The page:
The Government is also not taking into account the emergency in the form of the coronavirus pandemic that has arisen since Parliament was dissolved, for situations like which the Constitution makes separate provision including the declaration of a State of Emergency and the recall of Parliament. Even more implausibly, the Government says a Vote on Account has been prepared to cover these expenditures, when it is not possible to pass a Vote on Account when Parliament stands dissolved – Pic by Shehan Gunasekara
By Asanga Welikala
and Suren Fernando
The potentially major economic consequences of the coronavirus pandemic the world over reminds us that, even in more normal times, the raising and spending of public money is a matter that has serious constitutional implications in democracies. Every constitutional democracy recognises that the Executive leads in a time of crisis, but every constitutional democracy also steadfastly holds that it is the Legislature that controls public money.
There are two central principles that ensure the accountability at the heart of the democratic ideal. The first is that the Executive cannot raise or spend a cent of public money without the prior approval of the Legislature. Thus, both the policies of the Government that involve the expenditure of public funds, and the plans and laws for imposing the taxes through which those moneys are raised, must first be approved by Parliament.
Parliamentary approval is usually signified by the annual Appropriation Act, although other legislation and procedures also provide a legal basis for Government expenditure. The second principle, which flows from the first, is that the Legislature must have the power to oversee public spending, and to ensure that the Executive adheres to the taxing and spending plans that the Legislature has approved.
Both these critical principles are clearly reflected in the Constitution of Sri Lanka (see Articles 148-152), underpinning the whole framework of the relationship between the Executive and Parliament in ensuring our system of democratic accountability. There are, however, limited exceptions.
For example, the coronavirus crisis, and the unanticipated Government expenditures in meeting it, have happened at a time when Parliament is dissolved ahead of elections. The Constitution anticipates these situations and provides rules to govern them, recognising that the President in such situations may need access to urgent resources which it is not possible for Parliament to sanction, because Parliament has been dissolved. But these rules are narrowly framed to ensure that, while the President is given recourse to necessary funds, the requirement of Parliamentary approval is met as soon as possible.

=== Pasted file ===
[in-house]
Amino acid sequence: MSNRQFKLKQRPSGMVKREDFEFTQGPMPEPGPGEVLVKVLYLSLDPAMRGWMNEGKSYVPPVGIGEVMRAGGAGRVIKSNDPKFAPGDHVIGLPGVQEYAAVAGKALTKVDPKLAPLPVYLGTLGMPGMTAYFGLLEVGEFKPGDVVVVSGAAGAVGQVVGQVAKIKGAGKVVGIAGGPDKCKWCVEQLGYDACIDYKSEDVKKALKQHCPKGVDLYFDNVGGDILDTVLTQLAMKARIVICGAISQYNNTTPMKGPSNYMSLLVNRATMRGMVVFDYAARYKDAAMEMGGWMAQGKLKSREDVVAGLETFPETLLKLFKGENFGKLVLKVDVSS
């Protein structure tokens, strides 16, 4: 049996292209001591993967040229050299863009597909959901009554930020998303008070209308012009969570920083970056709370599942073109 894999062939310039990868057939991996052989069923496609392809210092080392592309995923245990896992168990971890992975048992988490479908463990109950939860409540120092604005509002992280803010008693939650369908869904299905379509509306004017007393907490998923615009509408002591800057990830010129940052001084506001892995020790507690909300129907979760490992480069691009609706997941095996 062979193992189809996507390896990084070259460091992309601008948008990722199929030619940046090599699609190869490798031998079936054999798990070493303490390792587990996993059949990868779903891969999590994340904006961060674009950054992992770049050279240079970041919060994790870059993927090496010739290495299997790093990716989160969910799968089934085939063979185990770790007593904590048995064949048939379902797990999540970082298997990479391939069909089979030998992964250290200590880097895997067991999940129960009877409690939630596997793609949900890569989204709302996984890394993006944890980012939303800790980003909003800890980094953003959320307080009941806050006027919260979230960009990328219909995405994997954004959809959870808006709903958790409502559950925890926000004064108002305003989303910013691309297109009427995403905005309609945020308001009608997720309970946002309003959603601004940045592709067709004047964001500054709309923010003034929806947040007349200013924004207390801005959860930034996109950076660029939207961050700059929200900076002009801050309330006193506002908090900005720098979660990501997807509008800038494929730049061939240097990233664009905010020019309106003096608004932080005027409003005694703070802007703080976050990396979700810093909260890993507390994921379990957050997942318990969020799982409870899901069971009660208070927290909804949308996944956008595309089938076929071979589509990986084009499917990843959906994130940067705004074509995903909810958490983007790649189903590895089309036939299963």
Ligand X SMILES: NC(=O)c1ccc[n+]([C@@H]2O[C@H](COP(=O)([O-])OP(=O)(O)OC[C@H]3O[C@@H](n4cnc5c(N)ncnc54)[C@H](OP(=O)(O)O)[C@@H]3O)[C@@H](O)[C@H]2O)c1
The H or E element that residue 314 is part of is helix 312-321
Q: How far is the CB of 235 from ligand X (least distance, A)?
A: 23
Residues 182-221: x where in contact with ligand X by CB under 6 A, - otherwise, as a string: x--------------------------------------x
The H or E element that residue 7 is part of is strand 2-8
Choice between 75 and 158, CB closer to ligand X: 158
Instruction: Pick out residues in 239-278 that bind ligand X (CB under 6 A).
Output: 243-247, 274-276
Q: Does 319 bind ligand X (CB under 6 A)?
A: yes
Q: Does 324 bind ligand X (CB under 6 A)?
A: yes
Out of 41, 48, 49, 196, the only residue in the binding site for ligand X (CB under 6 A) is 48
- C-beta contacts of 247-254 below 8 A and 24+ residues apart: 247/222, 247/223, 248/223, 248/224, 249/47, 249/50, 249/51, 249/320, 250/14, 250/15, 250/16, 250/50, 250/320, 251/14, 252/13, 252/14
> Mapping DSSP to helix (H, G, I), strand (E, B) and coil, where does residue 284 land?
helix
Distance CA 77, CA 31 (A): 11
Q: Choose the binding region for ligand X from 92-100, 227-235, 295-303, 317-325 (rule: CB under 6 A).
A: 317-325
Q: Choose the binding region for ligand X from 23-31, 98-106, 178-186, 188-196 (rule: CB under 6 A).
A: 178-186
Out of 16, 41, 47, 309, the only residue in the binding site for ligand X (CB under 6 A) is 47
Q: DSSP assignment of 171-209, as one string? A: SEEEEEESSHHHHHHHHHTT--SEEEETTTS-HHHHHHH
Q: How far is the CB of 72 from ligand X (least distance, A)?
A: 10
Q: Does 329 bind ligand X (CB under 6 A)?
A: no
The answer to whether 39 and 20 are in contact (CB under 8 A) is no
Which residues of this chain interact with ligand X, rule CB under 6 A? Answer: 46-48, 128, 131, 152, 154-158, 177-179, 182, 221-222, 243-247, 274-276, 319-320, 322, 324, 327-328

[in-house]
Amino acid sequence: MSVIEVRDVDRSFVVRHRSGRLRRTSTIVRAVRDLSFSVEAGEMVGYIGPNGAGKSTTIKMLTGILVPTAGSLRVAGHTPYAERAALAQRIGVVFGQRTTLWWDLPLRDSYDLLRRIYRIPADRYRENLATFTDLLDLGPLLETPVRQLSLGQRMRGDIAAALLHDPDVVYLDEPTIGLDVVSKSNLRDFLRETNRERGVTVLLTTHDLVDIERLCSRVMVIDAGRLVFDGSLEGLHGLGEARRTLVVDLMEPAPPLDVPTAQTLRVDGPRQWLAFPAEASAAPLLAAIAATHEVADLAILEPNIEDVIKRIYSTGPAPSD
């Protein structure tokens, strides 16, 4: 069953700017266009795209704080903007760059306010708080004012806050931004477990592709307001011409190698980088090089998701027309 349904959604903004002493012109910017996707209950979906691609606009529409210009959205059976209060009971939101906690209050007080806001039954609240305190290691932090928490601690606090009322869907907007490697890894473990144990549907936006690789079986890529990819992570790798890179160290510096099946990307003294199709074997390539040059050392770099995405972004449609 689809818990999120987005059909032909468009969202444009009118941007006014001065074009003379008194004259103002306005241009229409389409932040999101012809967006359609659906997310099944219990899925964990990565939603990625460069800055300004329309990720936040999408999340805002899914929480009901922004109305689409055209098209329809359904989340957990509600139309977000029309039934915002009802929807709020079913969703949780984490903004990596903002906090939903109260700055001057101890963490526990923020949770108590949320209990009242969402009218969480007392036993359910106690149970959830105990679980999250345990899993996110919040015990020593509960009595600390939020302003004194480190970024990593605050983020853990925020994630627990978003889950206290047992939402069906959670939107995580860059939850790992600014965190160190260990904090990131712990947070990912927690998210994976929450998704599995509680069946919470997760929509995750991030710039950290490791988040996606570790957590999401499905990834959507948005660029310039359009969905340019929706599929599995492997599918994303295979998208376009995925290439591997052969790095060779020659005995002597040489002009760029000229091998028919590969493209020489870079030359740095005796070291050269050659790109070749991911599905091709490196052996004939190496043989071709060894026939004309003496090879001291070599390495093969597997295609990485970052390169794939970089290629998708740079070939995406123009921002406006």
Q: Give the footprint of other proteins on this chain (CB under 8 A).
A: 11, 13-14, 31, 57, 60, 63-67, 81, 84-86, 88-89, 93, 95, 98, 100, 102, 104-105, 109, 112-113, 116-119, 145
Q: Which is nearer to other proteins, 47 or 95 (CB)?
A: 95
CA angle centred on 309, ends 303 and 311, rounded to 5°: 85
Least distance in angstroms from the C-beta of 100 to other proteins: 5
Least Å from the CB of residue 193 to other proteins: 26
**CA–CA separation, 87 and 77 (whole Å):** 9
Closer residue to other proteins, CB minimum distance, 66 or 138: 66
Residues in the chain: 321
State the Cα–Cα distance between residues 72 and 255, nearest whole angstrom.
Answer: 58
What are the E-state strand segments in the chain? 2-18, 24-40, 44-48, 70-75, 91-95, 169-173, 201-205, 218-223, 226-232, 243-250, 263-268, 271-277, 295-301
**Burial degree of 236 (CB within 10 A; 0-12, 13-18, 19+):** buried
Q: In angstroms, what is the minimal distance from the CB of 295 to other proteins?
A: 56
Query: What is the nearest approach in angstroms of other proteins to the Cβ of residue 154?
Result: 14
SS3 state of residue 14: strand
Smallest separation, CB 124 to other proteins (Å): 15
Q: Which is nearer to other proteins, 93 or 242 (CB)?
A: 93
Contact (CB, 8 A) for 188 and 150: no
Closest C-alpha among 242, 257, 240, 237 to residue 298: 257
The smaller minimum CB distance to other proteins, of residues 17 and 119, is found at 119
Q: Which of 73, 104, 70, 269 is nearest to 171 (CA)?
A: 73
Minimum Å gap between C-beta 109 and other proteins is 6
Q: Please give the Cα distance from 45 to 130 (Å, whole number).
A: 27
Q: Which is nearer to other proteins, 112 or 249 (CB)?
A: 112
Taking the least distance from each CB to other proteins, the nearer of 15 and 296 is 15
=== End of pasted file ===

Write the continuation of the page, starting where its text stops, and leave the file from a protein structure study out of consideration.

It is clear that the coronavirus crisis is unprecedented in scale, even in a country used to ethnic conflicts, insurgencies, and natural disasters like the tsunami. It follows that the Government will accordingly need to take extraordinary measures to help us overcome this challenge.
Nevertheless, any Governmental response must also take care to ensure respect for other aspects of our national life that some may regard as dispensable during a crisis. The constitutional principles of public financial accountability outlined above are some such values that must be protected even at a time of crisis.
Adherence to such values is what makes us a democracy governed by the rule of law. Devaluing them will not only place us in breach of the Constitution, but in adversely impacting on the democratic structure of the State, will risk a negative spill-over effect on the rights of the citizenry in the long-term.
It is in this context that we examine the Government’s response to the coronavirus crisis, and in particular, the implications for public financial accountability of that response. After the election of President Gotabaya Rajapaksa and the formation of a new government under him in November 2019, it was decided not to present a full budget for the fiscal year 2020. The reason seemed to have been that the new President wanted to dissolve Parliament at the earliest opportunity, to enable him to obtain a parliamentary majority at a General Election before properly commencing his programme.
Parliament can be dissolved unilaterally by the President only on the expiration of four-and-a-half-years of its five-year term. Accordingly, the President dissolved Parliament on 2 March 2020, setting 25 April 2020 as the date for the election, and 14 May 2020 as the date for the first meeting of the new Parliament.